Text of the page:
27 March 2013
Political and religious differences between Saudi Arabia and Bangladesh lie behind the recent dramatic reduction in Bangladeshi workers being allowed into the Kingdom, an influential newspaper has claimed.
Historically, Pakistan and Bangladesh have sent comparable numbers of workers there, but since 2009 Bangladesh has sent only 14,500 people per year on average while Pakistan sent more than 220,000 in 2011.
In its Asia column The Economist ascribes the chill to political differences between the conservative, religious Saudi government and Bangladesh’s prime minister Sheikh Hasina, daughter of the founder of Bangladesh, Sheikh Mujibur Rahman, who shares her late father’s secular views.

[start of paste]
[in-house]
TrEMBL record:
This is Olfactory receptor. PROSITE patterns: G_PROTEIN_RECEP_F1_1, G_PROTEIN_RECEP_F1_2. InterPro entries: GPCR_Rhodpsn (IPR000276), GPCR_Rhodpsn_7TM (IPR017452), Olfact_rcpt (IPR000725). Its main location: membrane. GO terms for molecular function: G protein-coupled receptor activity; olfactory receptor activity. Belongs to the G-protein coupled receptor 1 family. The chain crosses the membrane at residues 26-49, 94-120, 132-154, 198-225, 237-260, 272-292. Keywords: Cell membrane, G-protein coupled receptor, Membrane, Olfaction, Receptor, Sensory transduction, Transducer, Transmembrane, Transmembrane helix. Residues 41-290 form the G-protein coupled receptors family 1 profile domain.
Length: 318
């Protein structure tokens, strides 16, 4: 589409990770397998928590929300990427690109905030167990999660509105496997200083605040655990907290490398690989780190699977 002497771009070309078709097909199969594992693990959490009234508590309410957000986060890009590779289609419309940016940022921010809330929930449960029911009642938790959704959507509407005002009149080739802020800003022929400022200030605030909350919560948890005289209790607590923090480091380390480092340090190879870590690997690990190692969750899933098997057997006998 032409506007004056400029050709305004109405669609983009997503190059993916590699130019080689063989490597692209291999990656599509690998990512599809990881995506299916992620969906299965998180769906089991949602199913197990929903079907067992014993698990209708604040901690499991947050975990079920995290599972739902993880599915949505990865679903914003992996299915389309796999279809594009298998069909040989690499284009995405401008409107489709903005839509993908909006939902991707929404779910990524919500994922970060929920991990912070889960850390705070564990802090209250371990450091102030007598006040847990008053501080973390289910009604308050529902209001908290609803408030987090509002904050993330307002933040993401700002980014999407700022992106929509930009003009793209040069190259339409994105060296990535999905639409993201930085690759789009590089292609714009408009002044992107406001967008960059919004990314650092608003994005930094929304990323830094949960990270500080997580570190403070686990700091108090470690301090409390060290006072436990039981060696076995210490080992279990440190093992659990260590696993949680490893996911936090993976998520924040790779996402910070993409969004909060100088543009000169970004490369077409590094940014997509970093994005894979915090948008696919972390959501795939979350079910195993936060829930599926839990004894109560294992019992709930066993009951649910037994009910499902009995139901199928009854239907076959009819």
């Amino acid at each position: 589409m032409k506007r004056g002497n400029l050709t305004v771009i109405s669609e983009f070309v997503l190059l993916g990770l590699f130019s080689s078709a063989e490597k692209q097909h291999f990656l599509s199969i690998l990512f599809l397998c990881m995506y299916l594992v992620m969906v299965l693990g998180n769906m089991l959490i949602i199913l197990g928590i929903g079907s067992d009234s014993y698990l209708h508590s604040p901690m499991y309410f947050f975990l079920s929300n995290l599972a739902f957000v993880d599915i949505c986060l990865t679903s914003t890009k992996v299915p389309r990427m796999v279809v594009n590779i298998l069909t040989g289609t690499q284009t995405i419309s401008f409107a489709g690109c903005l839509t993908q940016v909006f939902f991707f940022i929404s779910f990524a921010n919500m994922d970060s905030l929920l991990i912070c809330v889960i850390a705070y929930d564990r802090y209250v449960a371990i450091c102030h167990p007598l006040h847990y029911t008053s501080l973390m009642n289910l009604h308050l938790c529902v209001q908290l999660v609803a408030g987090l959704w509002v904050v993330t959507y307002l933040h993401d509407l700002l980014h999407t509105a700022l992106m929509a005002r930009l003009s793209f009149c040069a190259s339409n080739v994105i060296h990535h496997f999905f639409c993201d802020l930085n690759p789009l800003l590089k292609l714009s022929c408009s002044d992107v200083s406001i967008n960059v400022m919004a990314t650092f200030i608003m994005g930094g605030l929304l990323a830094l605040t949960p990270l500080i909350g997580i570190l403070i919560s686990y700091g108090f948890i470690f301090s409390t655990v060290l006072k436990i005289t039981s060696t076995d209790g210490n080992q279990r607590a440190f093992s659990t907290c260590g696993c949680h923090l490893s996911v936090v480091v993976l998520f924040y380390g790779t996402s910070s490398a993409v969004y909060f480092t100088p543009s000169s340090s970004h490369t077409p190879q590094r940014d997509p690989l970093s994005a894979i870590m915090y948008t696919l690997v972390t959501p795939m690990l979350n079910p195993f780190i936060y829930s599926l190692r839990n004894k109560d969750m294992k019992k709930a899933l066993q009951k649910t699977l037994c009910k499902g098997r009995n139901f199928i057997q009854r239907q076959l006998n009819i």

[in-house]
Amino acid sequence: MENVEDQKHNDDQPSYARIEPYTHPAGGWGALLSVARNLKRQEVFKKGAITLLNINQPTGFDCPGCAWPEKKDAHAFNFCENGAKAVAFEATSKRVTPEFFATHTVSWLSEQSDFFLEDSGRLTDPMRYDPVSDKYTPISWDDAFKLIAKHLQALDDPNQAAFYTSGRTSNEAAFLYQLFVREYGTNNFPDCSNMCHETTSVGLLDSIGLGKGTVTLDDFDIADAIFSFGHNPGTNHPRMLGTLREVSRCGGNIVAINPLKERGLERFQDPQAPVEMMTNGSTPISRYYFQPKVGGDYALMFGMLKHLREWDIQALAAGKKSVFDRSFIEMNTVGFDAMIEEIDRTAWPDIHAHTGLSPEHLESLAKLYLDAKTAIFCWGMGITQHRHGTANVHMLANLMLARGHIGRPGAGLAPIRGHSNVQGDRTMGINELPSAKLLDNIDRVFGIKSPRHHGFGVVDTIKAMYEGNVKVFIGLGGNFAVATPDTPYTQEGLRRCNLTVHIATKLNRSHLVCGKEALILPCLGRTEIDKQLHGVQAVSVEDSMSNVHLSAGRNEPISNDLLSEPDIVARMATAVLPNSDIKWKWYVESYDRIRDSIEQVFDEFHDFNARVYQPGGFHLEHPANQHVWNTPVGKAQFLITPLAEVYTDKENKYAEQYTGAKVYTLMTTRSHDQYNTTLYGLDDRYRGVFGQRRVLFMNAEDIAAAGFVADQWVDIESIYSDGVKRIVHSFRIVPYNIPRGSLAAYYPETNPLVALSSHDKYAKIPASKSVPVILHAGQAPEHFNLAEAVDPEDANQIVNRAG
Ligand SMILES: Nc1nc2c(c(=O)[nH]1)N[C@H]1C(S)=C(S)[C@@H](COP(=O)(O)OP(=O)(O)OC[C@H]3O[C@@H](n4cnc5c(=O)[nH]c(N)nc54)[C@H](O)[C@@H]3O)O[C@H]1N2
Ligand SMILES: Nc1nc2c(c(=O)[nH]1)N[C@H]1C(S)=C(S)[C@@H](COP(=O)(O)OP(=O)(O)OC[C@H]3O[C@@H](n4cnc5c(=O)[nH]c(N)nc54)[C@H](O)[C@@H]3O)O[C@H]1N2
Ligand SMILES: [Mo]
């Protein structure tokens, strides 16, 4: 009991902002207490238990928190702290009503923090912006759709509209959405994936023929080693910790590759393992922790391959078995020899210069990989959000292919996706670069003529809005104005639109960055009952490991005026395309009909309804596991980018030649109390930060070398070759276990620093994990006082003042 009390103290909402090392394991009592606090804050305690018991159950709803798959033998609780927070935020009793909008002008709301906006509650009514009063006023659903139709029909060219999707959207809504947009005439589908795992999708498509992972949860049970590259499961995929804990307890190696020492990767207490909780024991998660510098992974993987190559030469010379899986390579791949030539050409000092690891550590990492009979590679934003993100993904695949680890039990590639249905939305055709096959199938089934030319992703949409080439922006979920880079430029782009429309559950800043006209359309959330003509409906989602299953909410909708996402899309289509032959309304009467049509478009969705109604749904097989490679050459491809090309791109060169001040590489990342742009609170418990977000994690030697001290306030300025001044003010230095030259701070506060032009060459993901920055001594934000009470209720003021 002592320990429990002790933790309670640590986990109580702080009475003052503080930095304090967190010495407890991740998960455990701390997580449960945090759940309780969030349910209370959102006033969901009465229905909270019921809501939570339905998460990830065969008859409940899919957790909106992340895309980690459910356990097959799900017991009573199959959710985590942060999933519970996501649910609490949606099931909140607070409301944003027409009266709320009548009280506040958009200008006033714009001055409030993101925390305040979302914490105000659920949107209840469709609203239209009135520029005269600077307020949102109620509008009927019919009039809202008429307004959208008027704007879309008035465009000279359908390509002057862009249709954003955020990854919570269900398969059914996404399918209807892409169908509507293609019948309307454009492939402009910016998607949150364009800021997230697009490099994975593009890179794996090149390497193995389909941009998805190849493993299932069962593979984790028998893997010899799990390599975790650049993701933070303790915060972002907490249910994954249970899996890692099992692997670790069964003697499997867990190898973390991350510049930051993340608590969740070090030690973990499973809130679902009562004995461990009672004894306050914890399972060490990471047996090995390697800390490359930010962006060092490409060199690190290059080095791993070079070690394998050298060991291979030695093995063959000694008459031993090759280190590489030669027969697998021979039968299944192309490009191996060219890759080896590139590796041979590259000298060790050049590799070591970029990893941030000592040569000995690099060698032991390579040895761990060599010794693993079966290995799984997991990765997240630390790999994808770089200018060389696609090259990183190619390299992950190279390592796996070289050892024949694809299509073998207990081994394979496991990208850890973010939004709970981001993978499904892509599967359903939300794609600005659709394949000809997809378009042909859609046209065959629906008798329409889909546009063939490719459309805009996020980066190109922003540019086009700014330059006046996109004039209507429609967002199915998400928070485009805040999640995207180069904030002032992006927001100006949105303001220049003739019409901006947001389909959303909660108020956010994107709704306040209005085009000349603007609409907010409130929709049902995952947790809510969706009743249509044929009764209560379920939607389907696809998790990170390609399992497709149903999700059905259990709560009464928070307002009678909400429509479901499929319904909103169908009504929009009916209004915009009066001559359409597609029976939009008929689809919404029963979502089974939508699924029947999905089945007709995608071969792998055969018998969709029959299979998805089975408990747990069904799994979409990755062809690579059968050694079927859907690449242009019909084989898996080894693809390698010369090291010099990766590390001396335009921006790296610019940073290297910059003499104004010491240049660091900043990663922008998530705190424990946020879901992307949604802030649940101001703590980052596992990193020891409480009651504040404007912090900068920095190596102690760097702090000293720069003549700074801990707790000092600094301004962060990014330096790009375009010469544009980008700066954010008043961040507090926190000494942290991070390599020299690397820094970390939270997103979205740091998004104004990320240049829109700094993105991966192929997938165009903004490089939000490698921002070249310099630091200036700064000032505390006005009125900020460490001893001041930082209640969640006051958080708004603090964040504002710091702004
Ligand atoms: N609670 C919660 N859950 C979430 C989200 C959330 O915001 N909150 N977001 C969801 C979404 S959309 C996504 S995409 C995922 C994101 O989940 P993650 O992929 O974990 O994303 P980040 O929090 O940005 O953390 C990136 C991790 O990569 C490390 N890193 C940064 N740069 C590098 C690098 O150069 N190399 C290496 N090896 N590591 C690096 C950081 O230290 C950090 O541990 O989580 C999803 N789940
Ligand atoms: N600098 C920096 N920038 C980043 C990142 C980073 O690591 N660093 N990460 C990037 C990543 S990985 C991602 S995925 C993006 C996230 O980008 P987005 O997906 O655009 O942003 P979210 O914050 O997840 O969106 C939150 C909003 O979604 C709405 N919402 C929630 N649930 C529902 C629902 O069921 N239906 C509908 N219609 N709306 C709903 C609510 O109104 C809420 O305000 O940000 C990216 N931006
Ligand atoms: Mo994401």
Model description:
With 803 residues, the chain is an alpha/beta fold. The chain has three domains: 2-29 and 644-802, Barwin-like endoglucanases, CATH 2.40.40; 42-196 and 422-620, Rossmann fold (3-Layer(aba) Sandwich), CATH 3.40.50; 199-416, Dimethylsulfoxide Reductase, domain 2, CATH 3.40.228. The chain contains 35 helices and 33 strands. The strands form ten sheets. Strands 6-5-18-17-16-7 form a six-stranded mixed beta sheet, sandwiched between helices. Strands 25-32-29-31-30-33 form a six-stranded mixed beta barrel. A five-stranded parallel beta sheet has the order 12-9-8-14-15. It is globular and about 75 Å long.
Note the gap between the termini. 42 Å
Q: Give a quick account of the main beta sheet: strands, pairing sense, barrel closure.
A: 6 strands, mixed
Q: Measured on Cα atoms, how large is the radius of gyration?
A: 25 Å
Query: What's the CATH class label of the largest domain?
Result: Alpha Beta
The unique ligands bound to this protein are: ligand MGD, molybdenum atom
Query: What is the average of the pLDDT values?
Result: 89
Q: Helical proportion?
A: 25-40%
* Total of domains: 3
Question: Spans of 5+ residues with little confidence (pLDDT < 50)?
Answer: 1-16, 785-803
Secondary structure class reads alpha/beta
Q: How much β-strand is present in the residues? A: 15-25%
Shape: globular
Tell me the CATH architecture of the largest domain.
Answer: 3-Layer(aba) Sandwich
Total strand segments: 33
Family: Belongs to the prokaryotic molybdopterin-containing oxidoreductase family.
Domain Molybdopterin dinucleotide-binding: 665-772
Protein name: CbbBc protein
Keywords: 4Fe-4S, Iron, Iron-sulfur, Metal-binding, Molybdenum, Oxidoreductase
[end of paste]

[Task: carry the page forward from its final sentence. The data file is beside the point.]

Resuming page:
She was elected in 2009.
The Economist says that Saudi Arabia "silently disapproves" of the death sentence given last month to the leader of the Jamaat-e-Islami – the religious party in Bangladesh that follows the Saudi rulers’ strand of Islam – for alleged crimes stemming from Bangladesh’s 1971 war of independence.
Bangladesh’s prime minister Sheikh Hasina (Credit: WikiCommons)
Bangladesh’s foreign minister has called the Jamaat a terrorist organisation and the government is considering banning it.
The public beheading two years ago of eight Bangladeshis for their alleged involvement in an armed robbery has increased tensions.
So has the killing of a Saudi diplomat in Dhaka, for which five Bangladeshis were sentenced to death in December.
Last month, Saudi Arabia was reported to be thinking about opening the gates again for Bangladeshi workers.
"But nobody really thinks it will happen," said The Economist.